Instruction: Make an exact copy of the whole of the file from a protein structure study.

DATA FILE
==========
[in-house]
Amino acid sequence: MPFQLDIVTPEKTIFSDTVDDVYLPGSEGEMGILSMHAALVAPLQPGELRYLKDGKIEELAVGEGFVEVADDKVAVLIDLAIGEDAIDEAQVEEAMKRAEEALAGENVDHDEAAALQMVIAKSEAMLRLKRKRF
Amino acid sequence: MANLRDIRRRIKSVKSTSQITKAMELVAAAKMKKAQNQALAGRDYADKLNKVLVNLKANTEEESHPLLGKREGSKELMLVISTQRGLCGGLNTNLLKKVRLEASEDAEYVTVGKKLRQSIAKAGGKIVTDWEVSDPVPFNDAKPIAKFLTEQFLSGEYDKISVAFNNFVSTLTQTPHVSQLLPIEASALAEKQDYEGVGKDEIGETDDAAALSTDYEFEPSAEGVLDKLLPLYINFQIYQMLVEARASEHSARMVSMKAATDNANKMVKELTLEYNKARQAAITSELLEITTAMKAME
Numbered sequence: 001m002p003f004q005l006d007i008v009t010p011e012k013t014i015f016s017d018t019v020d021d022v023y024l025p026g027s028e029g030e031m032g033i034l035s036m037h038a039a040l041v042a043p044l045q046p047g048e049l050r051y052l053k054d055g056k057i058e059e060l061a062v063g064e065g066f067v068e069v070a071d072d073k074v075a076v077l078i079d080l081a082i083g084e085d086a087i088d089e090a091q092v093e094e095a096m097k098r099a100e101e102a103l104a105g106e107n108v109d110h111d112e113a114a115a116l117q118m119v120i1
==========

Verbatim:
[in-house]
Amino acid sequence: MPFQLDIVTPEKTIFSDTVDDVYLPGSEGEMGILSMHAALVAPLQPGELRYLKDGKIEELAVGEGFVEVADDKVAVLIDLAIGEDAIDEAQVEEAMKRAEEALAGENVDHDEAAALQMVIAKSEAMLRLKRKRF
Amino acid sequence: MANLRDIRRRIKSVKSTSQITKAMELVAAAKMKKAQNQALAGRDYADKLNKVLVNLKANTEEESHPLLGKREGSKELMLVISTQRGLCGGLNTNLLKKVRLEASEDAEYVTVGKKLRQSIAKAGGKIVTDWEVSDPVPFNDAKPIAKFLTEQFLSGEYDKISVAFNNFVSTLTQTPHVSQLLPIEASALAEKQDYEGVGKDEIGETDDAAALSTDYEFEPSAEGVLDKLLPLYINFQIYQMLVEARASEHSARMVSMKAATDNANKMVKELTLEYNKARQAAITSELLEITTAMKAME
Numbered sequence: 001m002p003f004q005l006d007i008v009t010p011e012k013t014i015f016s017d018t019v020d021d022v023y024l025p026g027s028e029g030e031m032g033i034l035s036m037h038a039a040l041v042a043p044l045q046p047g048e049l050r051y052l053k054d055g056k057i058e059e060l061a062v063g064e065g066f067v068e069v070a071d072d073k074v075a076v077l078i079d080l081a082i083g084e085d086a087i088d089e090a091q092v093e094e095a096m097k098r099a100e101e102a103l104a105g106e107n108v109d110h111d112e113a114a115a116l117q118m119v120i1